And in verse 15 he says, “For you have not received a spirit of slavery leading to fear again, but you have received a spirit of adoption as sons by which we cry out, Abba Father.” Look, if we belong to God, and the Spirit is in us leading us, we should never fear our condition. We have been adopted into God’s family and we cry Abba Father, which means daddy, papa; it’s a term of intimacy. And then verse 16, “The Spirit Himself bears witness with our spirit that we are children of God, and if children, heirs also, heirs of God and fellow heirs with Christ.” Now, listen. For every believer, the Holy Spirit dwells inside. And from that perspective inside the believer, He leads every one of us. We should never fear, because He is leading us to the conclusion that we are the children of God. That’s one of the things He does.
Now, let me give you a little background of this. In Rome, it was very common to adopt – very common. And when a child was adopted, there was a legal ceremony to go through. Roman adoptions had to be verified – get this – by seven witnesses. Seven witnesses had to sign the affidavit that this was a legal adoption. Why? Well let’s imagine you had a very wealthy man. He was interested in adopting a young boy. He adopted that boy into his family. And then he died, and that boy immediately laid claim, then, to his inheritance. Who’s going to verify that? Let’s say there was one witness, and he was dead. There was nothing on computers, probably nothing in files anywhere. Everything was confirmed by a document and word of mouth.
And so they stacked up seven witnesses, for the purpose of always having someone to confirm the legitimate claim of the heir to his inheritance. On the other hand, it could well be possible that if a wealthy man died, some fake might come along and say, “Look, he adopted me as his son;” who’s to prove it or disprove it? Back to the seven witnesses – one, two, three, four of them may have been dead, there may have been three remaining. And the whole idea of having seven witnesses was to affirm that indeed this adoption was legitimate; these seven witnesses had to be present at the adoption. Did you get that? They had to be present at the adoption. And they had to sustain the claim of the adopted child to the inheritance.
Here’s Paul’s point. If anybody questions your claim to your eternal inheritance, if anybody questions that you are a child of God, there is a witness who was there at the moment of your adoption. Who was it? The Holy Spirit. And the Holy Spirit will step forward and bear witness that you indeed are a child of God by adoption, and have a lawful claim to your eternal inheritance. It is also an interesting coincidence that in Isaiah, chapter 11 and verse 2, Isaiah presents the Spirit as a seven-fold Spirit. The seven-fold Spirit becomes the witness to affirm that I belong to God. So it is the ministry, then, of the Holy Spirit to bear witness to the legitimacy of my adoption into God’s family and my right to claim an eternal inheritance. Isn’t that a marvelous truth?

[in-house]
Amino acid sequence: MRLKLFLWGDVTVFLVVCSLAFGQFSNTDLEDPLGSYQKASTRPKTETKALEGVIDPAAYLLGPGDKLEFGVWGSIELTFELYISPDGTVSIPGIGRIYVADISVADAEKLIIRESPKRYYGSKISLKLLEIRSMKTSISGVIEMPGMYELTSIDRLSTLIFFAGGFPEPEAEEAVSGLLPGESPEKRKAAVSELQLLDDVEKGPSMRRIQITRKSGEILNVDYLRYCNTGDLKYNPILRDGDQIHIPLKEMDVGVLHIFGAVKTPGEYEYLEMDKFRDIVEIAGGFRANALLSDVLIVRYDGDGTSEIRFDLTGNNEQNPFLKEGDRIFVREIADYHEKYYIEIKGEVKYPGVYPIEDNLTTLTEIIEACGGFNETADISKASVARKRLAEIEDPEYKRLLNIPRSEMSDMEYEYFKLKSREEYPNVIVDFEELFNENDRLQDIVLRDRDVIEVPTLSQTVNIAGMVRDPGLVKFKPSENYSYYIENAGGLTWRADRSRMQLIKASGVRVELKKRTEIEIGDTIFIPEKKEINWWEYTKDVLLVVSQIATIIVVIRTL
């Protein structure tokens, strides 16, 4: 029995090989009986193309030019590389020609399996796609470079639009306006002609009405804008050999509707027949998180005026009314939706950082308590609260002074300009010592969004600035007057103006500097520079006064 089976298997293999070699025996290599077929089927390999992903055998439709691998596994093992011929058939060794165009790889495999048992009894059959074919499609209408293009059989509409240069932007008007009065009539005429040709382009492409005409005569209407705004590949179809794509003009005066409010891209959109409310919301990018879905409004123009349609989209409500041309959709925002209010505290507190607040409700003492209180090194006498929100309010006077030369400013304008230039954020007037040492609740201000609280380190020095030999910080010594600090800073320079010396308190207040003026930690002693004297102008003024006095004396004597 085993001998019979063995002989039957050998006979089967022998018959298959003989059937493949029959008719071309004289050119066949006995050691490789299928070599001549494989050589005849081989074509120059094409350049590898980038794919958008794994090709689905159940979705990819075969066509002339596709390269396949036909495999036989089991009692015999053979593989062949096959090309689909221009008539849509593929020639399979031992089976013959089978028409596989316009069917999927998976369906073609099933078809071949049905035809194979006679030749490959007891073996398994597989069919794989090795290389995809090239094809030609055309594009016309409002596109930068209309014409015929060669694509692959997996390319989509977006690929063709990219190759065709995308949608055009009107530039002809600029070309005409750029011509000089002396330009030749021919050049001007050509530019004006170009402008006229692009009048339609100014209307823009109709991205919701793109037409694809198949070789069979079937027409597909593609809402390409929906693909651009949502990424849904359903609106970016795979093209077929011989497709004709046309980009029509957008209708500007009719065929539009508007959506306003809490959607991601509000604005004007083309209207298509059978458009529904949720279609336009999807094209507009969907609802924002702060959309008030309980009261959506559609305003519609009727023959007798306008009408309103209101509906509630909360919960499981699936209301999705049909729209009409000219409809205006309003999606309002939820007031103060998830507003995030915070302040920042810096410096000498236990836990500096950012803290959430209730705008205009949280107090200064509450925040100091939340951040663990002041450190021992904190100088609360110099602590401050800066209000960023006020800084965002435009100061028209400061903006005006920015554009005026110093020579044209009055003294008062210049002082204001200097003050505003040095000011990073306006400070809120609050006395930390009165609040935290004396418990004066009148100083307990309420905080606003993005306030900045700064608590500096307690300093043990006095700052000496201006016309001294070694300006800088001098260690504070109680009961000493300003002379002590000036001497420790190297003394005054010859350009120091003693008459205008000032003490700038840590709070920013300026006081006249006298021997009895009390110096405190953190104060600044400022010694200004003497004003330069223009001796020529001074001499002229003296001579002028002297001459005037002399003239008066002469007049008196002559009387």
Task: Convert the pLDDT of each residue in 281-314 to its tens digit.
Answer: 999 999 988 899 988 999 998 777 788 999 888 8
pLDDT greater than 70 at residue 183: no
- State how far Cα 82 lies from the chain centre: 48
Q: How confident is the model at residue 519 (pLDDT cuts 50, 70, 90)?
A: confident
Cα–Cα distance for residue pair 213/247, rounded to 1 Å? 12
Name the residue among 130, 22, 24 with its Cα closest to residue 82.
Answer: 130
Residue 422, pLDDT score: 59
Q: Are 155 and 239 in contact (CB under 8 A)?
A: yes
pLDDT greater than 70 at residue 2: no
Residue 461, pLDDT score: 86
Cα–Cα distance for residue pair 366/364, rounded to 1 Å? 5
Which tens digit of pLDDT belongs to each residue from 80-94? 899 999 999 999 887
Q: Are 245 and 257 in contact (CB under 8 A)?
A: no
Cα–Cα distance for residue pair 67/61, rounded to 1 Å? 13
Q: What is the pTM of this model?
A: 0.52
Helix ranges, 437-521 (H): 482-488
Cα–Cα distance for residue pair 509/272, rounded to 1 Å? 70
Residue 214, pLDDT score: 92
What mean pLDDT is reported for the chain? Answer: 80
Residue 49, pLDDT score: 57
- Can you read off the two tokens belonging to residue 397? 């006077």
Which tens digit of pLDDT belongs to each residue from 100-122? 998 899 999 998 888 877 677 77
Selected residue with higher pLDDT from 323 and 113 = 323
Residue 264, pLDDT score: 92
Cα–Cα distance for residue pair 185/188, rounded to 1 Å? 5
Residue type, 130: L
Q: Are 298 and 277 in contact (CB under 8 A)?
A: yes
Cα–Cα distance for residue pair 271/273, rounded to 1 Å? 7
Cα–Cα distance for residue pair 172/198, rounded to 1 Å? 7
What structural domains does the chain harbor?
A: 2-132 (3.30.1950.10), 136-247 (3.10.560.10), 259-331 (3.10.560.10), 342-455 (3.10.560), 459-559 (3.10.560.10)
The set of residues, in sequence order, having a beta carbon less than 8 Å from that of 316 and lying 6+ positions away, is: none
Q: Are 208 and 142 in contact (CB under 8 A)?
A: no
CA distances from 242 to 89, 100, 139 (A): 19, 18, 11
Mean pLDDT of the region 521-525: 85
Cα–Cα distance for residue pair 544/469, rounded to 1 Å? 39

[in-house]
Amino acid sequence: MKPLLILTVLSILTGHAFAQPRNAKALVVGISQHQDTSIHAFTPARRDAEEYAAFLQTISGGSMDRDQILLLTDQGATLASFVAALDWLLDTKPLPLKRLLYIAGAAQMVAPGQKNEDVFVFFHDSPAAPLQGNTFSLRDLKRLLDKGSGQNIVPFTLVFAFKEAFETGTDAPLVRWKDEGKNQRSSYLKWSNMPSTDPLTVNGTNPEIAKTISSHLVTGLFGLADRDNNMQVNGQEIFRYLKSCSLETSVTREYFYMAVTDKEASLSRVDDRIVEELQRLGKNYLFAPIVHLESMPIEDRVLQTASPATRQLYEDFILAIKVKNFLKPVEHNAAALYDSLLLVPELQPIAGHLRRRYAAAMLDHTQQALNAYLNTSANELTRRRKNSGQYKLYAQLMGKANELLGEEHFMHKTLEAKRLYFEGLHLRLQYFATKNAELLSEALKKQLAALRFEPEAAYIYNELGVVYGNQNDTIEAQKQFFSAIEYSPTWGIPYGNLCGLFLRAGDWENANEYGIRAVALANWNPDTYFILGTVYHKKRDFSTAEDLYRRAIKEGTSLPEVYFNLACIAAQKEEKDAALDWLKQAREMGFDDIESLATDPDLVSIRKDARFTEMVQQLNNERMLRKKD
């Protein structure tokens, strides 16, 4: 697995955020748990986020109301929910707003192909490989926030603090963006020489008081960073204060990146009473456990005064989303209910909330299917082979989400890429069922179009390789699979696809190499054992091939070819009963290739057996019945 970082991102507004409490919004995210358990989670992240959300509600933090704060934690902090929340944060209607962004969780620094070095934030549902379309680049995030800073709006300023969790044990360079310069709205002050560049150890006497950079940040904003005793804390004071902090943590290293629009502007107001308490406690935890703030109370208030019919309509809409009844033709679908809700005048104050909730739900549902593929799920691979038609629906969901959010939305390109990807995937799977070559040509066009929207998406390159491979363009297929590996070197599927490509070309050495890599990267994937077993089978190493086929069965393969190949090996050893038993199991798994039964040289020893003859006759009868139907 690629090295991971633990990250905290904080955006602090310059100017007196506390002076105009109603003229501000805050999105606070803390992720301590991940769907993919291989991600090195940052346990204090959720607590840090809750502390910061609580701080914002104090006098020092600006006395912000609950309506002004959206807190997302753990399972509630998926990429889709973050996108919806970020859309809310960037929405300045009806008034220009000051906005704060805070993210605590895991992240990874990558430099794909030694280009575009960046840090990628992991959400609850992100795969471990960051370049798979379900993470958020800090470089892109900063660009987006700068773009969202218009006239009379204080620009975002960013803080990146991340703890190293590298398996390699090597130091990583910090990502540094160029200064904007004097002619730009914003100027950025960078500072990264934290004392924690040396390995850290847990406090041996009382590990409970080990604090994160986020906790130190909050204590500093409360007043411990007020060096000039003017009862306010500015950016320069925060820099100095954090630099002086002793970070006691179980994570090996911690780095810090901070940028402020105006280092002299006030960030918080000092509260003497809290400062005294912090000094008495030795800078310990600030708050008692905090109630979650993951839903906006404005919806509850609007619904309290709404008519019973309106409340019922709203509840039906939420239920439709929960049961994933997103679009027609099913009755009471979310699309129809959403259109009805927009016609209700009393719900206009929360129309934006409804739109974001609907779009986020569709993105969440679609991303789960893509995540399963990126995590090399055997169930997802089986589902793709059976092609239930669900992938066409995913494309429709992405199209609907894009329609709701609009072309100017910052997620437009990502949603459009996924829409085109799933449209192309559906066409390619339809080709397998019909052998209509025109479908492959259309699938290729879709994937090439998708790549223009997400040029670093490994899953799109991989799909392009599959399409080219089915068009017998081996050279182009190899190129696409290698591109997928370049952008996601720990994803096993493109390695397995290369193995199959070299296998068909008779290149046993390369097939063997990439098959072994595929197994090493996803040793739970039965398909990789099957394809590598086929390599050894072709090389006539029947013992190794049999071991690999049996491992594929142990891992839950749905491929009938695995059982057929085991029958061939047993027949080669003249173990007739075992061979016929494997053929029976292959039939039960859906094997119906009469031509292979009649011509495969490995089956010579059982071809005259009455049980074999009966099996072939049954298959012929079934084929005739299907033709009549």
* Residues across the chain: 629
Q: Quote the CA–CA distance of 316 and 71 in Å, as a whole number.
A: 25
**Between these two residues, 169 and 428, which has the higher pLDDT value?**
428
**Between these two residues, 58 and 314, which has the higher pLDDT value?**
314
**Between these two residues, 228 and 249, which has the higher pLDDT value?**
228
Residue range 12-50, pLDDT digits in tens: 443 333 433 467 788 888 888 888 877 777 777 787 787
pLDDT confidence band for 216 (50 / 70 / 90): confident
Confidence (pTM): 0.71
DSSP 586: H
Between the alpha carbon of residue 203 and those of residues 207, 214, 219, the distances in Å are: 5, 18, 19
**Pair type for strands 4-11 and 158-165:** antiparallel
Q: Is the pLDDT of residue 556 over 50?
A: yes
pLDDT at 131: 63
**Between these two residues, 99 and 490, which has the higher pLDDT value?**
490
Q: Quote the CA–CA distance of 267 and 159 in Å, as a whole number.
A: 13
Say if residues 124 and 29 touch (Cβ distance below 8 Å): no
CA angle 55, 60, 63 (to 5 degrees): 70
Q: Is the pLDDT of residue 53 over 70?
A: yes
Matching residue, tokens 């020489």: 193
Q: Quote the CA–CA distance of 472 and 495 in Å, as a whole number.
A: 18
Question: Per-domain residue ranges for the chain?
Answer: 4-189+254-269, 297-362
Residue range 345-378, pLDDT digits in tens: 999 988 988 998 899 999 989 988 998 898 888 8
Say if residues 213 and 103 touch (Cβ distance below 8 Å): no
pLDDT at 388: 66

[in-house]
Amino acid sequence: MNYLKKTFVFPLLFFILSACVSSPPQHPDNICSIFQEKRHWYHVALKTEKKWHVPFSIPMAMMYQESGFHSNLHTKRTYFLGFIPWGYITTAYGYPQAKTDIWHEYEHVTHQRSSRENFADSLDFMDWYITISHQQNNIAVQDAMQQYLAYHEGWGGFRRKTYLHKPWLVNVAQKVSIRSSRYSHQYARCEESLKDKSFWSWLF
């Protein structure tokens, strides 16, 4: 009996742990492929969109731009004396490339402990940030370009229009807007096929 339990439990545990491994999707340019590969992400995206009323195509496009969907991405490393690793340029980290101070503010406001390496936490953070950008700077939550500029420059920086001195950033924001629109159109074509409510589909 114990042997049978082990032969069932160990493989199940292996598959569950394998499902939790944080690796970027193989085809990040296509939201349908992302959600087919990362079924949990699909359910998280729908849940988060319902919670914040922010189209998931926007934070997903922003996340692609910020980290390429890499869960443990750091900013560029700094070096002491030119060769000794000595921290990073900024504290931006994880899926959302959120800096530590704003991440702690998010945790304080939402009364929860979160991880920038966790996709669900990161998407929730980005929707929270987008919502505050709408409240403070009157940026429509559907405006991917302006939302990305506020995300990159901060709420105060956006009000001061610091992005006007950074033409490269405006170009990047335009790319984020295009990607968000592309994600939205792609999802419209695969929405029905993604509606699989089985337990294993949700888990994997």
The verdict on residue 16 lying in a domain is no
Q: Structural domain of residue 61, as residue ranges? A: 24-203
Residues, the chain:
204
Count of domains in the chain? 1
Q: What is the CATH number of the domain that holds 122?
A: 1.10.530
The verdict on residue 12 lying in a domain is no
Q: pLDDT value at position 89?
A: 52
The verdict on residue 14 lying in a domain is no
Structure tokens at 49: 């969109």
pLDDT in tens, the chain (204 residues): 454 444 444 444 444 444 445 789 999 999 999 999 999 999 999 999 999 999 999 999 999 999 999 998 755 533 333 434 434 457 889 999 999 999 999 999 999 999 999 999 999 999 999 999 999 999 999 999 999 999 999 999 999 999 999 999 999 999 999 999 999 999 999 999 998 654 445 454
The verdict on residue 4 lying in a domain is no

You say, “How does the Holy Spirit do it? How does He bear witness?” A number of ways. Look with me at 1 Corinthians, chapter 2 – 1 Corinthians, chapter 2, verse 9, “It is written, ‘Things which eye has not seen and ear has not heard and which hath not entered the heart of man, all that God has prepared for those who love Him.’” All right, Scripture promises immense blessings for those that love God. Those are taken out of Isaiah. Now, verse 10: “For to us God revealed them through the Spirit.” The first way in which the Holy Spirit affirms our salvation is through illumination. In other words, the Spirit illuminates the Scripture. He makes the Word live. As we study the Word of God about these promises, the Spirit illuminates them to our hearts. That’s what that text is saying. The Holy Spirit allows us to think and comprehend with the mind of Christ. So the first way the Holy Spirit witnesses to me of my sonship and inheritance is by illuminating the Scripture. He illuminates Romans 8:14 to 16, for example.
Let me show you a second way the Holy Spirit witnesses. First John, chapter 4, and I wish we had more time to spend on each, but 1 John, chapter 4, verse 13, this is what John writes, “By this we know that we abide in Him and He in us.” How do we know that? How do we know that? “Because He has given us of His Spirit and we have beheld and bear witness that the Father has sent the Son to be the Savior of the world. And whosoever confesses that Jesus is the Son of God, God abides in him, and he in God. And we have come to know and have believed the love which God has for us. God is love, and the one who abides in love abides in God, and God abides in him.” You say, “What’s he talking about here?” What he’s saying is this: the Holy Spirit came, verse 13, and showed us the gospel.
The second way the Spirit witnesses to us is through salvation; when the Spirit convicts you of sin, righteousness, and judgment, when the Spirit reveals to you that God sent His Son to be the Savior of the world, verse 14. When the Spirit reveals to you that if you confess Jesus as the Son of God, God will come and abide with you, and you in God – in other words, the first way the Spirit bears witness to us that we’re God’s children is by illuminating the Scripture. The second way is through the whole matter of salvation, where we believe in Christ, where we love God, where we love Christ – that’s all the witness of the Spirit. That’s an ongoing thing. As we continue to study the Word of God, the Spirit will bear witness to it by illuminating the Word. As we continue to walk with Christ, the Spirit will bear witness to our childhood in the kingdom of God, as it were, by faith and love which grows.